alexa Childhood Arthritis | United States| PDF | PPT| Case Reports | Symptoms | Treatment

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Childhood Arthritis

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  • Childhood Arthritis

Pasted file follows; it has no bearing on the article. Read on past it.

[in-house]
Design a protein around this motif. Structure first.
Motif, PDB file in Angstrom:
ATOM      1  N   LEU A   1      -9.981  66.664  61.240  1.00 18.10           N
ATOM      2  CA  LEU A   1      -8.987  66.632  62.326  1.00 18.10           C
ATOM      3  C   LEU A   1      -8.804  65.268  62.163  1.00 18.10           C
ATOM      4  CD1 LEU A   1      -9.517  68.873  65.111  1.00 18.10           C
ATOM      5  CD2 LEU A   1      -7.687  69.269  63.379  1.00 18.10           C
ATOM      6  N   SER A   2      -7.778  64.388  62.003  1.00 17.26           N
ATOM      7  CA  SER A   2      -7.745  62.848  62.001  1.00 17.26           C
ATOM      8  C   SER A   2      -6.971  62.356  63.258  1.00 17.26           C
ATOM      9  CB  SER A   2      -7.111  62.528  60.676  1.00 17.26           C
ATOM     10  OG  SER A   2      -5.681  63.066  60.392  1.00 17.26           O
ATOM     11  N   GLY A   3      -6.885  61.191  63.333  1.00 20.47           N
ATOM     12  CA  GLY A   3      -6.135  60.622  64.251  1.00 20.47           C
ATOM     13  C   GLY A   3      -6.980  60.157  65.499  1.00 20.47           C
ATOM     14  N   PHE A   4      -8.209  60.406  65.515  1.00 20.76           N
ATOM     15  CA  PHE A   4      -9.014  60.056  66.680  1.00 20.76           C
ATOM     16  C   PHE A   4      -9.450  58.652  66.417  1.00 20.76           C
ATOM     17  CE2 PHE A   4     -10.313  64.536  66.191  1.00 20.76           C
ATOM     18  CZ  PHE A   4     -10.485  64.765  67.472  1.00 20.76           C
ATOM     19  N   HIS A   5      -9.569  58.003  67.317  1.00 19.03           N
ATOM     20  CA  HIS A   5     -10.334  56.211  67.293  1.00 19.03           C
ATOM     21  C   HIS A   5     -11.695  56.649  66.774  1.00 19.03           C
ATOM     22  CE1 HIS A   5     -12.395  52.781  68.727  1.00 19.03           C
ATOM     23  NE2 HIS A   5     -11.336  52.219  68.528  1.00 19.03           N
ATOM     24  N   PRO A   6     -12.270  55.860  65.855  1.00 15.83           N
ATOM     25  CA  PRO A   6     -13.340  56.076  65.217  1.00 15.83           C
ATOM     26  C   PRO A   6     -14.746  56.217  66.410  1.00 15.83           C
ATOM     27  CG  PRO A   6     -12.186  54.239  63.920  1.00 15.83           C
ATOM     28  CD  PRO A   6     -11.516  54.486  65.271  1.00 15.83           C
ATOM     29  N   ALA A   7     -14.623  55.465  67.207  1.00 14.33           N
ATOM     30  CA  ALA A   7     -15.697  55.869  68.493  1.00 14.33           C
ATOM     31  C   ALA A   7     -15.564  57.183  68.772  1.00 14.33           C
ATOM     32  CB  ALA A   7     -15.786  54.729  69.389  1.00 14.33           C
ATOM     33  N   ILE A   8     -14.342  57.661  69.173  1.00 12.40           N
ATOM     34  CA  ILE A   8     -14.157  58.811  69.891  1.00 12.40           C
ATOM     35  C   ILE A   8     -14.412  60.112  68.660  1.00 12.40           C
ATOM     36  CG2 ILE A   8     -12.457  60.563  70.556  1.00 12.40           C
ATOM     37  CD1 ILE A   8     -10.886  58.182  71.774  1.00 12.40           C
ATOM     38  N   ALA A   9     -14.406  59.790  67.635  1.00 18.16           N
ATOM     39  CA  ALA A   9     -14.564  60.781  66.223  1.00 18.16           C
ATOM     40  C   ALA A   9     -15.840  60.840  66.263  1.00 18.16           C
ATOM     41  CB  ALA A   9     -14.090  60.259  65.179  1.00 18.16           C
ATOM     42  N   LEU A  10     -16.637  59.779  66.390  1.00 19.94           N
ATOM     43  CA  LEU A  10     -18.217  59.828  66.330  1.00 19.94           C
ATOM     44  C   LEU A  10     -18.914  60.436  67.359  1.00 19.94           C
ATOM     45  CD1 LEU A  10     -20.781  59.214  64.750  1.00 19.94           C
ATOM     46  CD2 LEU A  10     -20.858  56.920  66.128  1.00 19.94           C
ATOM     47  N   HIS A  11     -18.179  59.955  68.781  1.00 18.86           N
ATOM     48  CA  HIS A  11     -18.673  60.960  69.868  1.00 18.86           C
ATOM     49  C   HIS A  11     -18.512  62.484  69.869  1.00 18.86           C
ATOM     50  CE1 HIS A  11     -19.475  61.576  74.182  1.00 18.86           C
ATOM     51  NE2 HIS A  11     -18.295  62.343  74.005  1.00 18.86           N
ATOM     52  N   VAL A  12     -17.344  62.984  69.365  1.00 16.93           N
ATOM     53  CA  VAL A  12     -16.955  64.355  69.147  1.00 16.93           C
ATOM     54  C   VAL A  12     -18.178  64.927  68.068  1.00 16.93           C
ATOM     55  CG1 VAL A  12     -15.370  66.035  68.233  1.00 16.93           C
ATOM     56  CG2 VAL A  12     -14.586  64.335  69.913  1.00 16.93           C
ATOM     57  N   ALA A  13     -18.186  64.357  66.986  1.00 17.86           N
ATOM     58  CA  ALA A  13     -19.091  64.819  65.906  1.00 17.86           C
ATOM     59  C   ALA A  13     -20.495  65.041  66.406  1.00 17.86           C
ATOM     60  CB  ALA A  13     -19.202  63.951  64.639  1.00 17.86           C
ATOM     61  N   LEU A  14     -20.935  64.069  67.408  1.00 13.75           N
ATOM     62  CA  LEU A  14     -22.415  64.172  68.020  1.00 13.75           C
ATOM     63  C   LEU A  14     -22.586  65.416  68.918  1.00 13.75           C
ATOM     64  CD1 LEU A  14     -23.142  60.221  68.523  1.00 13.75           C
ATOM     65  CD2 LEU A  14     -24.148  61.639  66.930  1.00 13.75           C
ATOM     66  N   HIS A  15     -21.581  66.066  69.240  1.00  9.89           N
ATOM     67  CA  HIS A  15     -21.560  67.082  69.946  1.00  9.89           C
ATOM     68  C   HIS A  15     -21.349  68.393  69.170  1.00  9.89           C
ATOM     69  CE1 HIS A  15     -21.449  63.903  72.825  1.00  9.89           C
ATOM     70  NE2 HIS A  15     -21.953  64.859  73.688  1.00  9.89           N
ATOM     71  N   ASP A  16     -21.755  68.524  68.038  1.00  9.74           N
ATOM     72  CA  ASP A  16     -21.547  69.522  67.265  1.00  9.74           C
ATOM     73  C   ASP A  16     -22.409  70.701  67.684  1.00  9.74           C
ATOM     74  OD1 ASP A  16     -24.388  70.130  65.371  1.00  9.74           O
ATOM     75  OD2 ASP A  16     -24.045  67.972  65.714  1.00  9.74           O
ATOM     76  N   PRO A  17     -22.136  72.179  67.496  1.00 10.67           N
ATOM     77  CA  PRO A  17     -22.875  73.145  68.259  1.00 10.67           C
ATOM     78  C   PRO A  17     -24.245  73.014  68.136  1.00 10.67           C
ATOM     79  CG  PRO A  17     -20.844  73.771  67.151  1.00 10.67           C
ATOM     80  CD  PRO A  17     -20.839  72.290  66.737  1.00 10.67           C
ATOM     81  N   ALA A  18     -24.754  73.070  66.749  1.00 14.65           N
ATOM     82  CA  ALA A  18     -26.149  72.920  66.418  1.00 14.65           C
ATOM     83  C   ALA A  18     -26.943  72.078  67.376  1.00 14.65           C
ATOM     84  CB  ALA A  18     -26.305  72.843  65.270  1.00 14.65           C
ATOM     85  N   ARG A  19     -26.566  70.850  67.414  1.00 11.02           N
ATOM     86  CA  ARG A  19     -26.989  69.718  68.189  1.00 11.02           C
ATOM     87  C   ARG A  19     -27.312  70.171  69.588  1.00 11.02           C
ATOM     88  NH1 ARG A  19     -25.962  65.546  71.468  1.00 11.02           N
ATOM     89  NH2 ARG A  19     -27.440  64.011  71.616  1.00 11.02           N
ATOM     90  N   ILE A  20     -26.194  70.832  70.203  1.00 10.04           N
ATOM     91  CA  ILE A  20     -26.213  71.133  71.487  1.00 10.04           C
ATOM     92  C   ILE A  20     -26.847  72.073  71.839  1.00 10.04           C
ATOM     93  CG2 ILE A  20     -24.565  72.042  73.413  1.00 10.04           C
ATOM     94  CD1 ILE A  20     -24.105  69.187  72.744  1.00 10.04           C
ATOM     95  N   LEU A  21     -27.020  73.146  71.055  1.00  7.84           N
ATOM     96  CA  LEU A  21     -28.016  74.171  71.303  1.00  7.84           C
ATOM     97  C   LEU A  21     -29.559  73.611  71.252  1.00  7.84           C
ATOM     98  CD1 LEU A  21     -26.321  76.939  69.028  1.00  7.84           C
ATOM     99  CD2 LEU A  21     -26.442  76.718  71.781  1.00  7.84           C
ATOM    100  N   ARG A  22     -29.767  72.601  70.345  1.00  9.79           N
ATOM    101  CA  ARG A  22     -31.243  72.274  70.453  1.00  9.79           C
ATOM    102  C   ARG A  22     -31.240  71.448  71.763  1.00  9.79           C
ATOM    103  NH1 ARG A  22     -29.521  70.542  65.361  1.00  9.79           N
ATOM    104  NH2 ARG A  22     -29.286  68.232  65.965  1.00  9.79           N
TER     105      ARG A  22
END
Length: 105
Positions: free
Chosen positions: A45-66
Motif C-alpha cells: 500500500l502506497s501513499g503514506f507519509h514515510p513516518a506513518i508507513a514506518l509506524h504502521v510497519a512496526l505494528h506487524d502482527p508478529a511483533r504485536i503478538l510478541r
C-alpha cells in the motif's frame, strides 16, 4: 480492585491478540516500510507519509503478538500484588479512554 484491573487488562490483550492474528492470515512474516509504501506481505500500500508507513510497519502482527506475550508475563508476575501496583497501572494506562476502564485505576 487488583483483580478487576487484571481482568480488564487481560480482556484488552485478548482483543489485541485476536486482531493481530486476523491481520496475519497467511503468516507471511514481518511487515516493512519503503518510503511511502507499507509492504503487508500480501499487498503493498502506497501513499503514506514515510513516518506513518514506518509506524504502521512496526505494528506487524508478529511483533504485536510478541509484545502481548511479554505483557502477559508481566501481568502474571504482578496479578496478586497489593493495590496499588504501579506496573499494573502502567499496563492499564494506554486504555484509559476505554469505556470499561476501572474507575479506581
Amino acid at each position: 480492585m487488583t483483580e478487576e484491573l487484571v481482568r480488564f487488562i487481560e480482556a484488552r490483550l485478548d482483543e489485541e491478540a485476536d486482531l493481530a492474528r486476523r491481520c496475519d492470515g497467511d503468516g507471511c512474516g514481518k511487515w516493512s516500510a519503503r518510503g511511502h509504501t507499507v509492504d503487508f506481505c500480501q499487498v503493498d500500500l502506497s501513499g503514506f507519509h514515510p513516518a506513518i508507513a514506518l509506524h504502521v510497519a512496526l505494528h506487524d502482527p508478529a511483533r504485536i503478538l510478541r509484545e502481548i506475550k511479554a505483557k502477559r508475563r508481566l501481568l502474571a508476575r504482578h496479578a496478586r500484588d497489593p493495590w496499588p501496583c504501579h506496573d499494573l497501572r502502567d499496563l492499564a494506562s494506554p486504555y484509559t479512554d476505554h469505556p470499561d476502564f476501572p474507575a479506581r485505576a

Childhood Arthritis is also called Juvenile arthritis is a term often used to describe arthritis means joint inflammation in children. Arthritis is also used more generally to describe the more than 100 rheumatic diseases that may affect the joints but can also cause stiffness, pain, and swelling in other supporting structures of the body such as muscles, tendons, ligaments, and bones. Children can develop almost all types of arthritis that affect adults. The most common type found in children is juvenile idiopathic arthritis. Symptoms of childhood arthritis also include stiffness, pain, swelling, and loss of movement in the joints. Some rheumatic diseases also affect the other parts of the body including different internal organs. Aspirin, ibuprofen, naproxen, and naproxen sodium are examples of NSAIDs. They are often the first type of medication used. All NSAIDs work similarly by blocking substances called prostaglandins that contribute to inflammation and pain. However, each NSAID is a different chemical, and each has a slightly different effect on the body. In 2003, arthritis in the United States resulted in an estimated $128 billion in medical-care costs and lost earnings. Unweighted sample sizes and final response rates were 27,157 (60.8%) in 2010, 33,014 (66.3%) in 2011; and 34,525 (61.2%) in 2012. 52.5 million (22.7%) of adults have self-reported doctor-diagnosed arthritis. 2.7 million (9.8% of all adults) have arthritis and arthritis-attributable activity limitation. 67 million (25%) adults aged 18 years or older will have doctor-diagnosed arthritis by the year 2030. n estimated 37% (25 million adults) of those with arthritis will report arthritis-attributable activity limitations by the year 2030.

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